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Source: (consider it) Thread: Arguing for atheism by arguing against theism
Dafyd
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quote:
Originally posted by Justinian:
quote:
Originally posted by Dafyd:
The practice of science or scientific rationality is held by many people as a kind of spiritual ideal. As an example, if you look back at old Doctor Who, in general when the Doctor meets a scientist that scientist will be the most reasonable person around, unless they are outright mad.

And here I'm simply going to say that you are twenty or thirty years older than I am. Note the "If you look back at old Doctor Who" - that's a lot less true than in nuWho where the scientists are more than likely to be either (a) villains trying unethical experiments, (b) messing with things they shouldn't in a "Once the rockets are up who cares where zey come down" manner or (c) deluded and trying to find mundane explanations for aliens.
I did say that there had been a change. And I thought that the change wasn't so much that the ideal had gone away as that it had been pushed out of place by anti-scientific ideals. Roughly speaking, I'd say that the ideal of scientist as hero - call it technocratic - became sufficiently establishment to be worth reacting against. Fancifully I would correlate the change with a right-wing politician with scientific training taking power.

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Dafyd
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quote:
Originally posted by lilBuddha:
None of that need be "moral" or "ethical."
Practicality takes care of most things, even local charity.

In so far as practicality is something that people ought to be and often aren't, I'd include it under ethical.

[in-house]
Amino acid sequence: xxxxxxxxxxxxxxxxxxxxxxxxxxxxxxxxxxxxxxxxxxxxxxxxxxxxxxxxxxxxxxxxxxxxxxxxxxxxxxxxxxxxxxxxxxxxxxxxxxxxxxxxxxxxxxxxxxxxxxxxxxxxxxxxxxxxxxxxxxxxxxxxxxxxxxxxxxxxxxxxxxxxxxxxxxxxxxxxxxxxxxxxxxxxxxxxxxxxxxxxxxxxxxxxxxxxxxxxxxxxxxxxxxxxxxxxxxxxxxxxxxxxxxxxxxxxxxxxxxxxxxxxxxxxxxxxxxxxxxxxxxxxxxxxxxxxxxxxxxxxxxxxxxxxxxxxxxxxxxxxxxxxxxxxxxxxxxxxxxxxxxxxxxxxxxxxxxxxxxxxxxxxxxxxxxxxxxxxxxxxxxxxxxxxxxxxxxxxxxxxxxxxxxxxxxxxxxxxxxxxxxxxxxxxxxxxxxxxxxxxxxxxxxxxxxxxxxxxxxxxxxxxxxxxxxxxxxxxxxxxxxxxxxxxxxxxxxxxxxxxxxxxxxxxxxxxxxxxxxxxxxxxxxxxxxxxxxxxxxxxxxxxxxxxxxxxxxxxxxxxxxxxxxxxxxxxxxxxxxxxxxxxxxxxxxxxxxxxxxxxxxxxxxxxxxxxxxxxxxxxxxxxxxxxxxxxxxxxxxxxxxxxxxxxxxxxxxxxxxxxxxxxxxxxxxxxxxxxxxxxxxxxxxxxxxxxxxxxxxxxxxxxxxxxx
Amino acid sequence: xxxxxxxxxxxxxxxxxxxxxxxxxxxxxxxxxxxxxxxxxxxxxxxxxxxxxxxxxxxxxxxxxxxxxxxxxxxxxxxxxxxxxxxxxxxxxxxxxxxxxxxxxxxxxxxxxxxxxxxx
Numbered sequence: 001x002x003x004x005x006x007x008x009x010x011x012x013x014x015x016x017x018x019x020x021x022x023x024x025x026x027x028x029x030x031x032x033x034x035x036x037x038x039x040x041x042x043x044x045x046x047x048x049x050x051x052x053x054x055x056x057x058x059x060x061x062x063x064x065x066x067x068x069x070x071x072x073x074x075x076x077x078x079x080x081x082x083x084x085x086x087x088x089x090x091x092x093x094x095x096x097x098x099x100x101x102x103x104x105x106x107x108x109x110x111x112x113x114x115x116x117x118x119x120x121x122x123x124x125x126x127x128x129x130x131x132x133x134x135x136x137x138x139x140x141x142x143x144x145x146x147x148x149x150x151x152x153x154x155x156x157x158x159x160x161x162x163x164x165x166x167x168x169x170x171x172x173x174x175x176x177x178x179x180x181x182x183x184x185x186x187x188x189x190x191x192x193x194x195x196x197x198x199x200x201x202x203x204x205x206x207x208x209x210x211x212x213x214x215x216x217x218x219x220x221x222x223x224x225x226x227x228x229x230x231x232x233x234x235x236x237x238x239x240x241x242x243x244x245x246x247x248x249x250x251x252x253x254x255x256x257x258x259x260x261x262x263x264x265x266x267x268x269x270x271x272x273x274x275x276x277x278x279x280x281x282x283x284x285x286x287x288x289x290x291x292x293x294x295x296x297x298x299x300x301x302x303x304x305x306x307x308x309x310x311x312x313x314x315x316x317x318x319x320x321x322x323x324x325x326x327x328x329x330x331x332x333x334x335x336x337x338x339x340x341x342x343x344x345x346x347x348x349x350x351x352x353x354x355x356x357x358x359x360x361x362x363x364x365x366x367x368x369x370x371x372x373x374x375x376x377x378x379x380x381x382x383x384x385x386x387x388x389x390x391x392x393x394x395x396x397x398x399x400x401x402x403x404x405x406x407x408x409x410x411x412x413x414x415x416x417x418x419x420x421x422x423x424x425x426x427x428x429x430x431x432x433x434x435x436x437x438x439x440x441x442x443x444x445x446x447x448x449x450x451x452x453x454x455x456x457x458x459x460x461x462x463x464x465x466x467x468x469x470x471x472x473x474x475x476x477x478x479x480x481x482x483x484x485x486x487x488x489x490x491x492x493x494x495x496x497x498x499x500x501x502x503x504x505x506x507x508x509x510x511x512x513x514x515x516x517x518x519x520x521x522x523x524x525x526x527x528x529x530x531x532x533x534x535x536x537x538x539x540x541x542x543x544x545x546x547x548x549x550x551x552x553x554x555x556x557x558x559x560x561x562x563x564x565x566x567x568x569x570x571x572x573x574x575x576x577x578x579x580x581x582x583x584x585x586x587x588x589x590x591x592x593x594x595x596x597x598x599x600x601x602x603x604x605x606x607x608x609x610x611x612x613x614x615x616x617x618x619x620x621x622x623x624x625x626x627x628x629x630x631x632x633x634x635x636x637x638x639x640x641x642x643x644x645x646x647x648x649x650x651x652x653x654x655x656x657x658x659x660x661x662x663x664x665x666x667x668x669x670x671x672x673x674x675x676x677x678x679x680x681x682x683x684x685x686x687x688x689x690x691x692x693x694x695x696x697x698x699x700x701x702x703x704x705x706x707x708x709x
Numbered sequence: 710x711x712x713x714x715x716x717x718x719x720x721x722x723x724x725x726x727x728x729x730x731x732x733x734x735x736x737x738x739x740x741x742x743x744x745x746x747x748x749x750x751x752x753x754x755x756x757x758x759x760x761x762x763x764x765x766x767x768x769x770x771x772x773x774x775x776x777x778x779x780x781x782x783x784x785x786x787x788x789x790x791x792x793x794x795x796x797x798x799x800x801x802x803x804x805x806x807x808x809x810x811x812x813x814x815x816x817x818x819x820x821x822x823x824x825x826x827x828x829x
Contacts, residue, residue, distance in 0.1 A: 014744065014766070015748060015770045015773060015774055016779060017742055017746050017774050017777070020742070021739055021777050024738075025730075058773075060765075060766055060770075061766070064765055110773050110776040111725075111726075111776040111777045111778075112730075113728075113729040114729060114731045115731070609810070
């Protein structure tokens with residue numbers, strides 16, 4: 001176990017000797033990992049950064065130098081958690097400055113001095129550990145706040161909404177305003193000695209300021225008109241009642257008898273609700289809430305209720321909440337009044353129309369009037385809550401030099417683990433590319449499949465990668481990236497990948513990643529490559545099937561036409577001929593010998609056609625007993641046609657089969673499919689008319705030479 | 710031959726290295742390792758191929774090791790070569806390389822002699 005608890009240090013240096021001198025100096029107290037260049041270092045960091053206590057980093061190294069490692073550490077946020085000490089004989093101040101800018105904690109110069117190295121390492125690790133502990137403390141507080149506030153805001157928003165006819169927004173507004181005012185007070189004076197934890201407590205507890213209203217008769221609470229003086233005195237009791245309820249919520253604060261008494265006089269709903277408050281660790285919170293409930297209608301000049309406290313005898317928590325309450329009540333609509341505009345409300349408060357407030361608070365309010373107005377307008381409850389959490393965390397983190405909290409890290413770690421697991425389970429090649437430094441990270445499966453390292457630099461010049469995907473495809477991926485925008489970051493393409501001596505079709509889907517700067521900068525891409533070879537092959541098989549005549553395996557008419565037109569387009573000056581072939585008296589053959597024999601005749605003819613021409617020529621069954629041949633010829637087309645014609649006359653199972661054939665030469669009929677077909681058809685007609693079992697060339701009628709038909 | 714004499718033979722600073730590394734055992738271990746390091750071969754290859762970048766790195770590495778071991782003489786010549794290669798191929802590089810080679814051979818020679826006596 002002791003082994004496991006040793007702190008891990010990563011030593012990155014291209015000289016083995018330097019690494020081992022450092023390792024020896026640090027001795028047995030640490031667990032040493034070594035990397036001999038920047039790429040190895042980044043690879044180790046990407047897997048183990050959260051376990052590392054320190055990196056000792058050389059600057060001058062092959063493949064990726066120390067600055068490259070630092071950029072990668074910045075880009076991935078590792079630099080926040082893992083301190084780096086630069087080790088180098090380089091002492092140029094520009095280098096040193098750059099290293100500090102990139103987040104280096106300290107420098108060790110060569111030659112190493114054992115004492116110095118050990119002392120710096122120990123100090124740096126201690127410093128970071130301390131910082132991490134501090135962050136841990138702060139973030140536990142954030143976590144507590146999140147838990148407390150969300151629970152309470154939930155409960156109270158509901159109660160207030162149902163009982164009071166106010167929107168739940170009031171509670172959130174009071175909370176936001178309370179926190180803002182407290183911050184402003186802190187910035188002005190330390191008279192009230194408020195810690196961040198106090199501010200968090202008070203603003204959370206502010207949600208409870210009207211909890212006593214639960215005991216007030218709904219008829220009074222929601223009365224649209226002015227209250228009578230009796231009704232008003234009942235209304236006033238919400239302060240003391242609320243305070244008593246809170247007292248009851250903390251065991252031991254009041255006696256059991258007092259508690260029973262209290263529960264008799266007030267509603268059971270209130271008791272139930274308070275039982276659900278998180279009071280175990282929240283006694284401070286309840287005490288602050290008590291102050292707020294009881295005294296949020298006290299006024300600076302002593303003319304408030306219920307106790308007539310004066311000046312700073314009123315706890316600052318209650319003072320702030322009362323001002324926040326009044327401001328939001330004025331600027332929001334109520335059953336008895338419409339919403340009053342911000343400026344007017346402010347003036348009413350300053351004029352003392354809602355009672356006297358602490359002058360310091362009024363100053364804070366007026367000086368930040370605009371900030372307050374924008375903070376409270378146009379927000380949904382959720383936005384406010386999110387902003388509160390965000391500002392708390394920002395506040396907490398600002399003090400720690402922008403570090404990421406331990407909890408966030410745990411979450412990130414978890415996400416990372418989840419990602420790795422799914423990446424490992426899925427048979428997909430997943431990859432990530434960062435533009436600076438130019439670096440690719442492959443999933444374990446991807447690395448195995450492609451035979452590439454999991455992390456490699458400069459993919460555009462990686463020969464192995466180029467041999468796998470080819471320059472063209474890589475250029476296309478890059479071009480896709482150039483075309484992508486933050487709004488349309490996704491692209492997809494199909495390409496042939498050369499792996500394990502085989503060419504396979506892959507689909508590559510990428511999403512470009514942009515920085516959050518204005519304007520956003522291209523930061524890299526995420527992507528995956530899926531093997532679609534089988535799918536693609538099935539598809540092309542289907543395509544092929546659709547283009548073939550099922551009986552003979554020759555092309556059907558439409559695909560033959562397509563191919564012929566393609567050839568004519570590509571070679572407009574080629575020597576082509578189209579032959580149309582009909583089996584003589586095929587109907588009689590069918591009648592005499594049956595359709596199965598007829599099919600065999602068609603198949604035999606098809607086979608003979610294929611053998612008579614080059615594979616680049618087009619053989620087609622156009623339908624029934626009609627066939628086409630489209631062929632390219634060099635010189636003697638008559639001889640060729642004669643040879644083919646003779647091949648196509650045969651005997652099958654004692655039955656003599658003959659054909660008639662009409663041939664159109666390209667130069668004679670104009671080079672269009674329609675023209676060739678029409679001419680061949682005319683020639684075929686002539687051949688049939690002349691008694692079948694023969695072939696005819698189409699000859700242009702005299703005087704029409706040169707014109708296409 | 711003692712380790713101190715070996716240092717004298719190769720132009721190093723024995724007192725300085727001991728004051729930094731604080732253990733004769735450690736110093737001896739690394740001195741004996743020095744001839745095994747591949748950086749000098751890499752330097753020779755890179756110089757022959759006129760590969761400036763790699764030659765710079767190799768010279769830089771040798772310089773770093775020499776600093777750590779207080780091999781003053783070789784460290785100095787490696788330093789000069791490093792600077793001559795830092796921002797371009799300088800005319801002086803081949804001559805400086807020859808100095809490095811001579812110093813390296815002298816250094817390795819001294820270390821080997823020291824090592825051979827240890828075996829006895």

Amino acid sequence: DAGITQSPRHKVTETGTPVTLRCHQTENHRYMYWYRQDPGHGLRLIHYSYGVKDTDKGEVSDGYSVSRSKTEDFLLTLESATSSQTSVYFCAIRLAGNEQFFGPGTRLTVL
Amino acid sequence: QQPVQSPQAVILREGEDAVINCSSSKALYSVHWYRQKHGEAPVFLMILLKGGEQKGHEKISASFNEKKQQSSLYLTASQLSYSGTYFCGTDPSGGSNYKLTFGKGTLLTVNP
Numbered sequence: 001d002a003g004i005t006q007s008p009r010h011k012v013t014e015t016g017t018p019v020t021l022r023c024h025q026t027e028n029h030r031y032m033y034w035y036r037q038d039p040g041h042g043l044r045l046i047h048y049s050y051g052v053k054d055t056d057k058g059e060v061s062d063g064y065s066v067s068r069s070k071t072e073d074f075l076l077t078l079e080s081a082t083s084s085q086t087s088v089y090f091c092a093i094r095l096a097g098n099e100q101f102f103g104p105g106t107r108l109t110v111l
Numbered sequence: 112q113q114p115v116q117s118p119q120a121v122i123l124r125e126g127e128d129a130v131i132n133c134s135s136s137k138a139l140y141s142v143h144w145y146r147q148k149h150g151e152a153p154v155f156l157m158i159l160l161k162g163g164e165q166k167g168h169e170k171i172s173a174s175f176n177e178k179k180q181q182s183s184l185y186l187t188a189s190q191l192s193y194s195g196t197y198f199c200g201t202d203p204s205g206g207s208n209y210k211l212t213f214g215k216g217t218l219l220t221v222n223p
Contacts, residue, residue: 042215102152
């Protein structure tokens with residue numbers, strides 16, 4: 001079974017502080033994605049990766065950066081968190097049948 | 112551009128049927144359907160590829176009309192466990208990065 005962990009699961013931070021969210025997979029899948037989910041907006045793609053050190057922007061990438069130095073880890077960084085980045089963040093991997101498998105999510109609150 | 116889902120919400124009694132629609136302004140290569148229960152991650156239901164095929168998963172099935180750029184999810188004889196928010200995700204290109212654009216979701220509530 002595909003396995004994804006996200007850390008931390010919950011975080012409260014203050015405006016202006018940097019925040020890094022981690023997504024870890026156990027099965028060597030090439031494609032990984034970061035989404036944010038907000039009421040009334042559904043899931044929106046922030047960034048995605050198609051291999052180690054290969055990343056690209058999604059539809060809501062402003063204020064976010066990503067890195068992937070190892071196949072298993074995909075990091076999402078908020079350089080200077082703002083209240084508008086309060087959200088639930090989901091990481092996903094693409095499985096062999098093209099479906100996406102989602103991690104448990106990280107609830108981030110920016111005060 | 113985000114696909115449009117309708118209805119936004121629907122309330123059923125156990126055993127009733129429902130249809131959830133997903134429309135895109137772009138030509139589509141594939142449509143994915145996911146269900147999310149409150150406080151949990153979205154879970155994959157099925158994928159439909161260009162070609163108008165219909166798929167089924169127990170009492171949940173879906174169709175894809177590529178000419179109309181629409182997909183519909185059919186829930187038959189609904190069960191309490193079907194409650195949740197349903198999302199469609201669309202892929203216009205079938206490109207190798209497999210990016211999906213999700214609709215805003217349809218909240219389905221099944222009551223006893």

Even the ideal of practicality is questionable. Should one go for long-lasting material satisfactions: house, family, status, self-respect; or short-term intense hedonistic satisfactions, with a different kind of self-respect or self-forgetfulness. (And if you enjoy the present moment, do you let it happen or seek out intensity of experience?)
I'd say more about the underlying metaphysics and picture of human existence. But put this in a strong form. From a Buddhist perspective, the ideal of practicality is an illusion anyway, yes? It's confusion chasing after suffering. From the perspective of economic rationality, practicality is common sense and any deviation from it is a positive ideal that has to be proved (or assimilated). But from a Buddhist perspective, practicality is the thing that's an unjustifiable positive ideal.

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quetzalcoatl
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quote:
Originally posted by SvitlanaV2:
quetzalcoatl

Interesting post.

I have to say that atheism would be more interesting to me if it wasn't always being reduced to New Atheism - this Anglophone, intellectual thing that goes on about science and logic, and being utterly rationalistic about everything. Oh - then there's that constant refrain about how evil religion is, which doesn't make much sense if the argument is that religion only evolved because it was useful to mankind!

(Well, maybe something can be both evil and useful. Still, that changes the anti-religion argument a bit...)

I find the anti-theism of the Gnus marginally interesting. It's a common cry, where is the Sartre/Camus/Nietzsche of today? Today, we get Harris saying that morality can be explained scientifically! O tempora, o mores.

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Justinian
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quote:
Originally posted by Marvin the Martian:
Indeed. It doesn't matter how good or bad the logic is, if the presuppositions are wrong the conclusion will be wrong.

I thought I'd expand still further.

Under formal logic
If C(I) -> M and M is false then so is C(I). The -> symbol is the material conditional. Therefore when EE says that C(I) -> M and M turns out to be not true, so is C(I).